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Train advocates file lawsuit to halt new bike trail through south Sacramento

Some Sacramento residents want this trail to stay ‘exactly how it is’

Emily Marquet, a resident of South Land Park, worries the City Council's approval of the Del Rio Trail will bring more foot traffic to the area, Tuesday, March 26, 2019.
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Emily Marquet, a resident of South Land Park, worries the City Council's approval of the Del Rio Trail will bring more foot traffic to the area, Tuesday, March 26, 2019.

A group of train advocates has filed a lawsuit against the city of Sacramento seeking to halt its plan to remove sections of old train tracks in south Sacramento to make way for a recreational trail.

The City Council in March approved the Del Rio Trail, a 4.5-mile bike and walking trail that will run from just north of Sutterville Road to just south of Meadowview Road.

Neighborhood associations applauded the plan, but train advocates said removing parts of the track will kill the possibility of adding an excursion train through south Sacramento in the future, which state officials have discussed in the past.

“The loss of tracks on this transportation corridor would sever the ties to important regional, national and global history, negatively affecting the heritage of the greater Sacramento and Delta region, far beyond the 4.8-mile limits of the Del Rio Trail,” the lawsuit reads.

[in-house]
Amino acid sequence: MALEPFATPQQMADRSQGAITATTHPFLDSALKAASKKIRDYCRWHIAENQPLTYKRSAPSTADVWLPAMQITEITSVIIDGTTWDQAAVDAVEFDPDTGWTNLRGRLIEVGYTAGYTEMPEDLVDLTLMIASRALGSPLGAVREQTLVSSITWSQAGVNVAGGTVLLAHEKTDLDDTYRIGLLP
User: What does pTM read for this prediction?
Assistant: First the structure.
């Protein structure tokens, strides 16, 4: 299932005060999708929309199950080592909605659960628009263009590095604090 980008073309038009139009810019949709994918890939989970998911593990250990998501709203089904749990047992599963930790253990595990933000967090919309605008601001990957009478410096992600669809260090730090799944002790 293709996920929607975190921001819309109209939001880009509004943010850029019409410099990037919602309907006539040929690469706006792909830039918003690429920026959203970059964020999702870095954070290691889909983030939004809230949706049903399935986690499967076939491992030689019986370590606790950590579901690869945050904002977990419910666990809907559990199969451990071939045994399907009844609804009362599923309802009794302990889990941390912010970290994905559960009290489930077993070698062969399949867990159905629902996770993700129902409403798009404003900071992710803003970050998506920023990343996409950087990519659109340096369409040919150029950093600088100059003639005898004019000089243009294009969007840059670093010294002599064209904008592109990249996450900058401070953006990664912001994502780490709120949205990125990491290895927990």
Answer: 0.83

The city and Caltrans declined comment on the lawsuit.

There is enough room in the area to accommodate both the tracks and the bike trail, the lawsuit said.

If the tracks were not removed from the intersections, though, bike tires would likely frequently get stuck in them, which would create a safety hazard, Councilman Jay Schenirer said at the meeting.

The lawsuit alleges the city violated the California Environmental Quality Act when the City Council approved the final environmental impact report in March. The report fails to disclose the significant impacts on cultural and historic resources, and fails to include adequate mitigation, the lawsuit alleges.

The lawsuit also alleges Caltrans violated a state law when it determined the project would not cause any significant adverse impacts to historic property.

The plaintiffs include the Sacramento Rail Preservation Group and five citizens, including Gregg Lukenbill, developer and former Sacramento Kings co-owner.

The lawsuit asks the court to issue a temporary stay that would prevent the city and Caltrans from proceeding with the project.

Construction on the trail is planned to start late next year. It could open in about two years.

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Theresa Clift covers Sacramento City Hall. Before joining The Bee in 2018, she worked as a local government reporter for the Pittsburgh Tribune-Review, the Daily Press in Virginia and the Wausau Daily Herald in Wisconsin. She grew up in Michigan and graduated from Central Michigan University.

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